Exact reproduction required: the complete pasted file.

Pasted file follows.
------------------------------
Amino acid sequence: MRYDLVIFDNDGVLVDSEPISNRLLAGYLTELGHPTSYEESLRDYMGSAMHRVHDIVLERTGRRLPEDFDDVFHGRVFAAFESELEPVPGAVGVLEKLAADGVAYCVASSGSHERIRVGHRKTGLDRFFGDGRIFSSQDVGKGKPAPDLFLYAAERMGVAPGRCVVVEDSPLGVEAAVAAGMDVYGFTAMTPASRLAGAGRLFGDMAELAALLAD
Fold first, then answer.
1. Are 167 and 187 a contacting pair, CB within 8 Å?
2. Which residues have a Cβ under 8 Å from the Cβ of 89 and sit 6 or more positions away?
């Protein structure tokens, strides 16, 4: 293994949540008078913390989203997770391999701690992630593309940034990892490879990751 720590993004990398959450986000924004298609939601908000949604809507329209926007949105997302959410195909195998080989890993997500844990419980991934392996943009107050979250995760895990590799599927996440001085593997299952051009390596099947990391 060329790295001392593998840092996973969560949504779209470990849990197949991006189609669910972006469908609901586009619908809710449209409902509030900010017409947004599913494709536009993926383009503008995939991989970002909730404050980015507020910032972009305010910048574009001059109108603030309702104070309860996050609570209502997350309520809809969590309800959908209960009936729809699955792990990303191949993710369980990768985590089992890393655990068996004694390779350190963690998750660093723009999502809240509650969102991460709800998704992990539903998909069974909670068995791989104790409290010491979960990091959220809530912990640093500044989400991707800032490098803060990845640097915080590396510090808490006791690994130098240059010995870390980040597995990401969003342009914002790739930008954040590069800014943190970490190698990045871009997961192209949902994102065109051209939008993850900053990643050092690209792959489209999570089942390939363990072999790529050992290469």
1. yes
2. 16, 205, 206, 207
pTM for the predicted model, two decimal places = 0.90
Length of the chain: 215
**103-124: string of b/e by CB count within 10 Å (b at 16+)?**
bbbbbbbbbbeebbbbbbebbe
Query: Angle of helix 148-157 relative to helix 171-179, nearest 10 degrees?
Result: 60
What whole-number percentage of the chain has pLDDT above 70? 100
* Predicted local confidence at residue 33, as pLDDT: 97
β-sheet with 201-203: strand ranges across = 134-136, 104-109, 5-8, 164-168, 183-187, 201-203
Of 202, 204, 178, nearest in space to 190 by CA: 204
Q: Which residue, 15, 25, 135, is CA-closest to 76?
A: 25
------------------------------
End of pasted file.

Amino acid sequence: MRYDLVIFDNDGVLVDSEPISNRLLAGYLTELGHPTSYEESLRDYMGSAMHRVHDIVLERTGRRLPEDFDDVFHGRVFAAFESELEPVPGAVGVLEKLAADGVAYCVASSGSHERIRVGHRKTGLDRFFGDGRIFSSQDVGKGKPAPDLFLYAAERMGVAPGRCVVVEDSPLGVEAAVAAGMDVYGFTAMTPASRLAGAGRLFGDMAELAALLAD
Fold first, then answer.
1. Are 167 and 187 a contacting pair, CB within 8 Å?
2. Which residues have a Cβ under 8 Å from the Cβ of 89 and sit 6 or more positions away?
């Protein structure tokens, strides 16, 4: 293994949540008078913390989203997770391999701690992630593309940034990892490879990751 720590993004990398959450986000924004298609939601908000949604809507329209926007949105997302959410195909195998080989890993997500844990419980991934392996943009107050979250995760895990590799599927996440001085593997299952051009390596099947990391 060329790295001392593998840092996973969560949504779209470990849990197949991006189609669910972006469908609901586009619908809710449209409902509030900010017409947004599913494709536009993926383009503008995939991989970002909730404050980015507020910032972009305010910048574009001059109108603030309702104070309860996050609570209502997350309520809809969590309800959908209960009936729809699955792990990303191949993710369980990768985590089992890393655990068996004694390779350190963690998750660093723009999502809240509650969102991460709800998704992990539903998909069974909670068995791989104790409290010491979960990091959220809530912990640093500044989400991707800032490098803060990845640097915080590396510090808490006791690994130098240059010995870390980040597995990401969003342009914002790739930008954040590069800014943190970490190698990045871009997961192209949902994102065109051209939008993850900053990643050092690209792959489209999570089942390939363990072999790529050992290469």
1. yes
2. 16, 205, 206, 207
pTM for the predicted model, two decimal places = 0.90
Length of the chain: 215
**103-124: string of b/e by CB count within 10 Å (b at 16+)?**
bbbbbbbbbbeebbbbbbebbe
Query: Angle of helix 148-157 relative to helix 171-179, nearest 10 degrees?
Result: 60
What whole-number percentage of the chain has pLDDT above 70? 100
* Predicted local confidence at residue 33, as pLDDT: 97
β-sheet with 201-203: strand ranges across = 134-136, 104-109, 5-8, 164-168, 183-187, 201-203
Of 202, 204, 178, nearest in space to 190 by CA: 204
Q: Which residue, 15, 25, 135, is CA-closest to 76?
A: 25